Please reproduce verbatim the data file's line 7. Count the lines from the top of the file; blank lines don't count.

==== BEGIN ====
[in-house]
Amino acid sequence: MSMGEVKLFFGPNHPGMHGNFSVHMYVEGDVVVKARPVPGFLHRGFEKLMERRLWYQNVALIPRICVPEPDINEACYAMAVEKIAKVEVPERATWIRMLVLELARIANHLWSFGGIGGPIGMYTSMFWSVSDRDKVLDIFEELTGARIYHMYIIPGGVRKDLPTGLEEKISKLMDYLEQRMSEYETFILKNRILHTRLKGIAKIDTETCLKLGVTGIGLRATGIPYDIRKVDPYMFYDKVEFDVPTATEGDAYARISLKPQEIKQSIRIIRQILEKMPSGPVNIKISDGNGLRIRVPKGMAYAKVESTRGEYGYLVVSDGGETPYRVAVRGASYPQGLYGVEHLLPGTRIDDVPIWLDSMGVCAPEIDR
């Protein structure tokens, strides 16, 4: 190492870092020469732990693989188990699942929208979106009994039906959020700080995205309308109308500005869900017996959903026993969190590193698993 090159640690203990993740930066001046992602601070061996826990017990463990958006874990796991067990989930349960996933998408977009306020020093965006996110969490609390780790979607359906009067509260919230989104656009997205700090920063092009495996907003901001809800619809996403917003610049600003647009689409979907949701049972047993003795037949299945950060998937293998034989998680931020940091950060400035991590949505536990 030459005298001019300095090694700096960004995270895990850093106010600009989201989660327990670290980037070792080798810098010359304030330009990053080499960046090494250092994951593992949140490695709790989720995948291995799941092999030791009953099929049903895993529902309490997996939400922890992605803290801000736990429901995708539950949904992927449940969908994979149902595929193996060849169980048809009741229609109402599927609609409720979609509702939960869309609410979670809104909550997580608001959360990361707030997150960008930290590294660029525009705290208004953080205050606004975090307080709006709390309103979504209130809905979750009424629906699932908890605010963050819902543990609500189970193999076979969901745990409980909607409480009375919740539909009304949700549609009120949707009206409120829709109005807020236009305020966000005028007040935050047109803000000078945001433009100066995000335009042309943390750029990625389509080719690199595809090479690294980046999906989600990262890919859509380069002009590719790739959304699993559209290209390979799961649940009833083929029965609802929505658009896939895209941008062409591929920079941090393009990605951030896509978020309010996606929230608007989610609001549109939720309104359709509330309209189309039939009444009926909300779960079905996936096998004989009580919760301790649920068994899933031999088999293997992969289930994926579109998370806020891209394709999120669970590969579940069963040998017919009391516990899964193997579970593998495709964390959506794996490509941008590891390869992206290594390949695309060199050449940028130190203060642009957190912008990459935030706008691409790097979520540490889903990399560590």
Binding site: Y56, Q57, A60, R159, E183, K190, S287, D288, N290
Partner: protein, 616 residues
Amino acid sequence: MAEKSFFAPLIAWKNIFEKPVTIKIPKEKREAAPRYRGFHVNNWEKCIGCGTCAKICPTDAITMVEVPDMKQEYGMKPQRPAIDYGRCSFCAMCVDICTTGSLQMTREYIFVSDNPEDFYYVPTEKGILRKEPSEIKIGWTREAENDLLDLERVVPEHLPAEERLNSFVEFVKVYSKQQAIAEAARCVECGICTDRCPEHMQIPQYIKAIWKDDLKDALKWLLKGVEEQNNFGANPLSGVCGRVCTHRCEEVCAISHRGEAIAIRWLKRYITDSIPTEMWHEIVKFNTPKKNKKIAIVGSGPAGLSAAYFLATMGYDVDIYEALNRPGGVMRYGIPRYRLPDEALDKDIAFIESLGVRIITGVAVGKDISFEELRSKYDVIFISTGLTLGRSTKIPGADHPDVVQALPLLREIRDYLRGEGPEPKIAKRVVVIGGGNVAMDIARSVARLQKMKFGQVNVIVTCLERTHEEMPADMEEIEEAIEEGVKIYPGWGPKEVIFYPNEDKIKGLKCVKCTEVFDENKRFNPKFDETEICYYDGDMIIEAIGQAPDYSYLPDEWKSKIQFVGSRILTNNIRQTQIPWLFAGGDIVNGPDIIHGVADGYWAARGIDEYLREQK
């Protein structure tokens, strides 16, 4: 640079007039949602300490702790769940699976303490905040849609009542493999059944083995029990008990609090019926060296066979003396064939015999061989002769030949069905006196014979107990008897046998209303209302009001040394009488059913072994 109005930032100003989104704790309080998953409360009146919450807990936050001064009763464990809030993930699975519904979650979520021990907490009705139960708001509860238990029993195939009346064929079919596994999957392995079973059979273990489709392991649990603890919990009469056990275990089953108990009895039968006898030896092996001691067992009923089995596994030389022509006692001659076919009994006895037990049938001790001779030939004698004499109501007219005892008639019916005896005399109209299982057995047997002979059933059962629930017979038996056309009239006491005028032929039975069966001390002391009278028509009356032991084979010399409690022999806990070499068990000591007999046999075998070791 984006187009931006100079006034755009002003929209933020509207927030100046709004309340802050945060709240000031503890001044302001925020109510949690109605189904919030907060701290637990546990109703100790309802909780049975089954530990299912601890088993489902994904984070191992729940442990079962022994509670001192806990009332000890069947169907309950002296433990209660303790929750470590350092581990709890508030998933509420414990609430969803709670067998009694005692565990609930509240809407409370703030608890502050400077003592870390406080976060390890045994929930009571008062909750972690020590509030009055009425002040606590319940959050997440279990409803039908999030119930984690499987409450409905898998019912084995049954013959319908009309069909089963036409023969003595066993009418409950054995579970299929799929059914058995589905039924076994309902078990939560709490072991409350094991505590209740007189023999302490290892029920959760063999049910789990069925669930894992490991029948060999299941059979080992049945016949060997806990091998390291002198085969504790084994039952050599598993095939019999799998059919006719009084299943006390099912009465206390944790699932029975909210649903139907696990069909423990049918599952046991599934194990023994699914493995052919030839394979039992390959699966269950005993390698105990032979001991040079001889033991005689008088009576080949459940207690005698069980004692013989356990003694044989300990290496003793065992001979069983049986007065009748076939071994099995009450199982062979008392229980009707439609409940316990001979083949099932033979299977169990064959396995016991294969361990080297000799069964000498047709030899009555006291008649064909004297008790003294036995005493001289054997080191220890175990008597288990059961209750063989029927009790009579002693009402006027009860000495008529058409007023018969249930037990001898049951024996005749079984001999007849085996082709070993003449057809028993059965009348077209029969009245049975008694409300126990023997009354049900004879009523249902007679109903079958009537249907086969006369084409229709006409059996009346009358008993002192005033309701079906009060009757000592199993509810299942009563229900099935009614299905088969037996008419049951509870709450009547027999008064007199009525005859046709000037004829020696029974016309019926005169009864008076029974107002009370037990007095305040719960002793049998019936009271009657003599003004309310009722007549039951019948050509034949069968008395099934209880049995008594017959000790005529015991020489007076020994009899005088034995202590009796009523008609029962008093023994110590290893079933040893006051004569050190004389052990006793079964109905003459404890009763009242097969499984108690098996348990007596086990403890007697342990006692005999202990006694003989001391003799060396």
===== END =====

């Protein structure tokens, strides 16, 4: 640079007039949602300490702790769940699976303490905040849609009542493999059944083995029990008990609090019926060296066979003396064939015999061989002769030949069905006196014979107990008897046998209303209302009001040394009488059913072994 109005930032100003989104704790309080998953409360009146919450807990936050001064009763464990809030993930699975519904979650979520021990907490009705139960708001509860238990029993195939009346064929079919596994999957392995079973059979273990489709392991649990603890919990009469056990275990089953108990009895039968006898030896092996001691067992009923089995596994030389022509006692001659076919009994006895037990049938001790001779030939004698004499109501007219005892008639019916005896005399109209299982057995047997002979059933059962629930017979038996056309009239006491005028032929039975069966001390002391009278028509009356032991084979010399409690022999806990070499068990000591007999046999075998070791 984006187009931006100079006034755009002003929209933020509207927030100046709004309340802050945060709240000031503890001044302001925020109510949690109605189904919030907060701290637990546990109703100790309802909780049975089954530990299912601890088993489902994904984070191992729940442990079962022994509670001192806990009332000890069947169907309950002296433990209660303790929750470590350092581990709890508030998933509420414990609430969803709670067998009694005692565990609930509240809407409370703030608890502050400077003592870390406080976060390890045994929930009571008062909750972690020590509030009055009425002040606590319940959050997440279990409803039908999030119930984690499987409450409905898998019912084995049954013959319908009309069909089963036409023969003595066993009418409950054995579970299929799929059914058995589905039924076994309902078990939560709490072991409350094991505590209740007189023999302490290892029920959760063999049910789990069925669930894992490991029948060999299941059979080992049945016949060997806990091998390291002198085969504790084994039952050599598993095939019999799998059919006719009084299943006390099912009465206390944790699932029975909210649903139907696990069909423990049918599952046991599934194990023994699914493995052919030839394979039992390959699966269950005993390698105990032979001991040079001889033991005689008088009576080949459940207690005698069980004692013989356990003694044989300990290496003793065992001979069983049986007065009748076939071994099995009450199982062979008392229980009707439609409940316990001979083949099932033979299977169990064959396995016991294969361990080297000799069964000498047709030899009555006291008649064909004297008790003294036995005493001289054997080191220890175990008597288990059961209750063989029927009790009579002693009402006027009860000495008529058409007023018969249930037990001898049951024996005749079984001999007849085996082709070993003449057809028993059965009348077209029969009245049975008694409300126990023997009354049900004879009523249902007679109903079958009537249907086969006369084409229709006409059996009346009358008993002192005033309701079906009060009757000592199993509810299942009563229900099935009614299905088969037996008419049951509870709450009547027999008064007199009525005859046709000037004829020696029974016309019926005169009864008076029974107002009370037990007095305040719960002793049998019936009271009657003599003004309310009722007549039951019948050509034949069968008395099934209880049995008594017959000790005529015991020489007076020994009899005088034995202590009796009523008609029962008093023994110590290893079933040893006051004569050190004389052990006793079964109905003459404890009763009242097969499984108690098996348990007596086990403890007697342990006692005999202990006694003989001391003799060396």